English

Definition of happy adjective from the Oxford Advanced Learner's Dictionary

      

    happy

     adjective
    adjective
    BrE BrE//ˈhæpi//
     
    ; NAmE NAmE//ˈhæpi//
     
    (happier, happiest) Happiness
     
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    feeling/giving pleasure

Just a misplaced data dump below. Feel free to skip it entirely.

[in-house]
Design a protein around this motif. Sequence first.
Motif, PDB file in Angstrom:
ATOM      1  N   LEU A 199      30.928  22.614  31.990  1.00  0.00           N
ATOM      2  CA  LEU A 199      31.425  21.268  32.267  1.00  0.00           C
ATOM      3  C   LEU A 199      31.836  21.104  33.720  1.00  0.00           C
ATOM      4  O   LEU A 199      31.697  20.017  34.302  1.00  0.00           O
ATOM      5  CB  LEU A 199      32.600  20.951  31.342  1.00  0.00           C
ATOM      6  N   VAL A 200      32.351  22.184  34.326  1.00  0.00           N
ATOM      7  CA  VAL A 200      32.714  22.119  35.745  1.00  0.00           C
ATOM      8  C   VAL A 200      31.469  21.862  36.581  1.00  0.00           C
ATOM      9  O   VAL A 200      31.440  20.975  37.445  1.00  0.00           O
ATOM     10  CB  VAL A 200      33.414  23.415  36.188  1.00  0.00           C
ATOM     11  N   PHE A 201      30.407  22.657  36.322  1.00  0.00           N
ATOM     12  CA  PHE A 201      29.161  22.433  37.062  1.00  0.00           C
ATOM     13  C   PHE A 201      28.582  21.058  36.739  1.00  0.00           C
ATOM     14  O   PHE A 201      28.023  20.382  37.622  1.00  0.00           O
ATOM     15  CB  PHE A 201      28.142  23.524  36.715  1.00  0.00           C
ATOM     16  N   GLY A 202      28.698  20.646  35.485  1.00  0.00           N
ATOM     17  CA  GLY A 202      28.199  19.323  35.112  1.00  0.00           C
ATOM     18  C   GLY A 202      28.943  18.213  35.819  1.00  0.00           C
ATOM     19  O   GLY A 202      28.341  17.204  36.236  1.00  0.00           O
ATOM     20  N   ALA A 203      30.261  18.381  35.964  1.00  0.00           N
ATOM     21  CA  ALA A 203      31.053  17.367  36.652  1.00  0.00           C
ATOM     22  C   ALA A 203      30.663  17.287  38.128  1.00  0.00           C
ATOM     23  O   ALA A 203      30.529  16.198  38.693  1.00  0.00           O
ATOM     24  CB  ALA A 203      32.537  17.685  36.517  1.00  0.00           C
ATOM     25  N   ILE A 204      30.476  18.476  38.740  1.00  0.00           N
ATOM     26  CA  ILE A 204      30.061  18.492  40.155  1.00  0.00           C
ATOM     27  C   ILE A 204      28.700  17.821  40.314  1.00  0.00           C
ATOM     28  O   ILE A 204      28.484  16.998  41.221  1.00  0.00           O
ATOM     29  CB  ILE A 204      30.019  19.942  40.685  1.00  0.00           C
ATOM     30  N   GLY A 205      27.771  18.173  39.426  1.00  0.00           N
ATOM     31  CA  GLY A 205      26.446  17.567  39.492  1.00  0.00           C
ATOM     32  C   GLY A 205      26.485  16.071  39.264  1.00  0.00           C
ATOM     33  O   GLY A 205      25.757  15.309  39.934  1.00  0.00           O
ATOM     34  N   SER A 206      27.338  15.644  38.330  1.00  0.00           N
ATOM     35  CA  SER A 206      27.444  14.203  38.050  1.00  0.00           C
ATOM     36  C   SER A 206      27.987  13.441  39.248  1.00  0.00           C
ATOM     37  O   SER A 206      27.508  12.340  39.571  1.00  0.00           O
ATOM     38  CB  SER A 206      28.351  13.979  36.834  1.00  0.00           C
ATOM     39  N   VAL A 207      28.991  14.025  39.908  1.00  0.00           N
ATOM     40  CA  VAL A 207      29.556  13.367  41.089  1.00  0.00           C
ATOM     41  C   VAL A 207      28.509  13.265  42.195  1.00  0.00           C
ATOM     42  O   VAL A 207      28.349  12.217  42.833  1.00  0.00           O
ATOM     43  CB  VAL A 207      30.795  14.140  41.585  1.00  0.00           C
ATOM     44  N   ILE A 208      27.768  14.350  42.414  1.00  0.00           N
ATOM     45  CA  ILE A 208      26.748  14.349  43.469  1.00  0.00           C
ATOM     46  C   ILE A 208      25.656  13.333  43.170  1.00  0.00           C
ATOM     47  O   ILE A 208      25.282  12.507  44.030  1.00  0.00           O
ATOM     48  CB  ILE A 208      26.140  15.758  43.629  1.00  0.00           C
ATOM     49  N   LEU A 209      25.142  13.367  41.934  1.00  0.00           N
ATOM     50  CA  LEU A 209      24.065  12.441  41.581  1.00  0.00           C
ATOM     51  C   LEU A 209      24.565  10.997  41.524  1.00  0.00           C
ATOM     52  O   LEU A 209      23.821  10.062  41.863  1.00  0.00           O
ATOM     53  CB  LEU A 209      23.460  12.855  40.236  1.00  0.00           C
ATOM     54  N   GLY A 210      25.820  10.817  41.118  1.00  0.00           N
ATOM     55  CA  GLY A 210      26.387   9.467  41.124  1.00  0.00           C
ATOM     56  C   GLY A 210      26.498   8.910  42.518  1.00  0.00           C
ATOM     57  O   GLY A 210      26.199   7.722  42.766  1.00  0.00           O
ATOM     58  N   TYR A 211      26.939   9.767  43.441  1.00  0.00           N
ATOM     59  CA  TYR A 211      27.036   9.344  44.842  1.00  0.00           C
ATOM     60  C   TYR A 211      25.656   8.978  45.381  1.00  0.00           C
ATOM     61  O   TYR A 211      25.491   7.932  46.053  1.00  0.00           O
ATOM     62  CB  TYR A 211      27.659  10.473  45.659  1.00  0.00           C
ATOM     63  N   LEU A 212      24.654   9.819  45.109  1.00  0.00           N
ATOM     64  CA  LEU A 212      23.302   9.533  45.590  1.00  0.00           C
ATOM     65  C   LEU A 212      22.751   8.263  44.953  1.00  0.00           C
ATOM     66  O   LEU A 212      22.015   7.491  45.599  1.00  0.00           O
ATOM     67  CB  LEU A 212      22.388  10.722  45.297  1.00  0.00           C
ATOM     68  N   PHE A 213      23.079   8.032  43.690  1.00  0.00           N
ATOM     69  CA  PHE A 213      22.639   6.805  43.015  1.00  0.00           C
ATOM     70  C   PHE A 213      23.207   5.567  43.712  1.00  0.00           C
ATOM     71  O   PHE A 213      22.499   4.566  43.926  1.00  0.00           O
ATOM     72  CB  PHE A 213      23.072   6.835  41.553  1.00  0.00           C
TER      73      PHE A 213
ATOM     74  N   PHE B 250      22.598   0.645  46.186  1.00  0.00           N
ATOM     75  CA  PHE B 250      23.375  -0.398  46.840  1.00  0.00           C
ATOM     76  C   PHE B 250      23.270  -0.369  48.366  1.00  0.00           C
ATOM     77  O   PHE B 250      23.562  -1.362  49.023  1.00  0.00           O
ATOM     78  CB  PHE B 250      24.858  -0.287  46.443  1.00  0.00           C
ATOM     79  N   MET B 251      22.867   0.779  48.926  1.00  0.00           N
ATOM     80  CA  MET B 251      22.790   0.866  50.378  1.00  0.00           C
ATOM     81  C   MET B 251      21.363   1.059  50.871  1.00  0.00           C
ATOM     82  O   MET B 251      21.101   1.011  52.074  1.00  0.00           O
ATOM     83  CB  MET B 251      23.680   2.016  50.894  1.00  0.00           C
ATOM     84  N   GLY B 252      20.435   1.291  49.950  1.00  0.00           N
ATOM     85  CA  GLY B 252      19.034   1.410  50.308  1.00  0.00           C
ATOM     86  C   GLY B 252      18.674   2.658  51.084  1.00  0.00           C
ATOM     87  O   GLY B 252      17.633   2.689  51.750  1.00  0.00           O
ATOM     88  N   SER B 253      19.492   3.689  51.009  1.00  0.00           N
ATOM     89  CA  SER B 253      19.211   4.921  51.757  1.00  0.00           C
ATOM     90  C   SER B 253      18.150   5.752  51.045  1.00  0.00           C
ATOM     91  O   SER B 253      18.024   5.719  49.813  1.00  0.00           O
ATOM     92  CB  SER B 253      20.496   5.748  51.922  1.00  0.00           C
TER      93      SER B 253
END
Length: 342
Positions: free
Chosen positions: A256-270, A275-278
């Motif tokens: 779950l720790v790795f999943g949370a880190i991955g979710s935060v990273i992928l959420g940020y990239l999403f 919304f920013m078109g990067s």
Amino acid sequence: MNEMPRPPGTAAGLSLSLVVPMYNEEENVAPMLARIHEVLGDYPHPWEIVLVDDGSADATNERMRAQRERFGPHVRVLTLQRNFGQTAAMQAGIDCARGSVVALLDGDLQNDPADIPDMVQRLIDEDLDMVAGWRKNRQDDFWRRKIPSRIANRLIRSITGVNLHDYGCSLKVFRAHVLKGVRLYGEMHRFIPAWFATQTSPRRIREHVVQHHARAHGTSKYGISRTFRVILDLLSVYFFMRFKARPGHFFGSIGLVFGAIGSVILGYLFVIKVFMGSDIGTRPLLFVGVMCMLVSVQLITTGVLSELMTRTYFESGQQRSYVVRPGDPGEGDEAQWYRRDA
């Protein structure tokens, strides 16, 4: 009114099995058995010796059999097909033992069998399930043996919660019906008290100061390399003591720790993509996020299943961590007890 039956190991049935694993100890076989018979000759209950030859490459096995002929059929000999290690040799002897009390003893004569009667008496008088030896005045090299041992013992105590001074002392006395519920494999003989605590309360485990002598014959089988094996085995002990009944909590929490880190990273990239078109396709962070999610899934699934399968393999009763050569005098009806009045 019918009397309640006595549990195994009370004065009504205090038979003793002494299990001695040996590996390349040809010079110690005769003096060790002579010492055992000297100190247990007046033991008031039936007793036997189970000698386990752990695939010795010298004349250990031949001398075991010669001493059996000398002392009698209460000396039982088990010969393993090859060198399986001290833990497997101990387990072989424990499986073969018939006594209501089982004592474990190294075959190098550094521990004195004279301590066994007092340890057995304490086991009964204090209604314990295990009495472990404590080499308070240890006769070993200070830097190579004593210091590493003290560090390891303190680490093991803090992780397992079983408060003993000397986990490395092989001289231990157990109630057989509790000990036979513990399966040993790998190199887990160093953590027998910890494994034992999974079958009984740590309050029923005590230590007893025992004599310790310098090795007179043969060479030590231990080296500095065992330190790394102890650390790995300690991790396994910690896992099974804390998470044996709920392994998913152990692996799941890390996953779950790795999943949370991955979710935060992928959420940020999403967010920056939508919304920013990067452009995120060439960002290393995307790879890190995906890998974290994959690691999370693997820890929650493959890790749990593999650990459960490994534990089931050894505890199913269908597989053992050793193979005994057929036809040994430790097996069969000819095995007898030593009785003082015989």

1. 1  feeling or showing pleasure; pleased a happy smile/face You don't look very happy today. happy to do something We are happy to announce the engagement of our daughter. happy for somebody I'm very happy for you. happy (that)… I’m happy (that) you could come. Synonymsgladhappy pleased delighted proud relieved thrilledThese words all describe people feeling happy about something that has happened or is going to happen.glad [not usually before noun] happy about something or grateful for it:He was glad he’d come. She was glad when the meeting was over.happy pleased about something nice that you have to do or something that has happened to somebody:We are happy to announce the engagement of our daughter.pleased [not before noun] happy about something that has happened or something that you have to do:She was very pleased with her exam results. You’re coming? I’m so pleased.glad, happy or pleased?Feeling pleased can suggest that you have judged somebody/​something and approve of them. Feeling glad can be more about feeling grateful for something. You cannot be ‘glad with somebody’:The boss should be glad with you. Happy can mean glad, pleased or satisfied.delighted very pleased about something; very happy to do something; showing your delight:I’m delighted at your news. Delighted is often used to accept an invitation:‘Can you stay for dinner?’ ‘I’d be delighted (to).’proud pleased and satisfied about something that you own or have done, or are connected with:proud parents He was proud of himself for not giving up.relieved feeling happy because something unpleasant has stopped or has not happened; showing this:You’ll be relieved to know your jobs are safe.thrilled [not before noun] (rather informal) extremely pleased and excited about something:I was thrilled to be invited.delighted or thrilled? Thrilled may express a stronger feeling than delighted, but delighted can be made stronger with absolutely, more than or only too. Thrilled can be made negative and ironic with not exactly or less than:She was not exactly thrilled at the prospect of looking after her niece.Patterns glad/​happy/​pleased/​delighted/​relieved/​thrilled about something pleased/​delighted/​relieved/​thrilled at something glad/​happy/​pleased/​delighted/​thrilled for somebody glad/​happy/​pleased/​delighted/​proud/​relieved/​thrilled that…/to see/​hear/​find/​know… very glad/​happy/​pleased/​proud/​relieved absolutely delighted/​thrilled See related entries: Happiness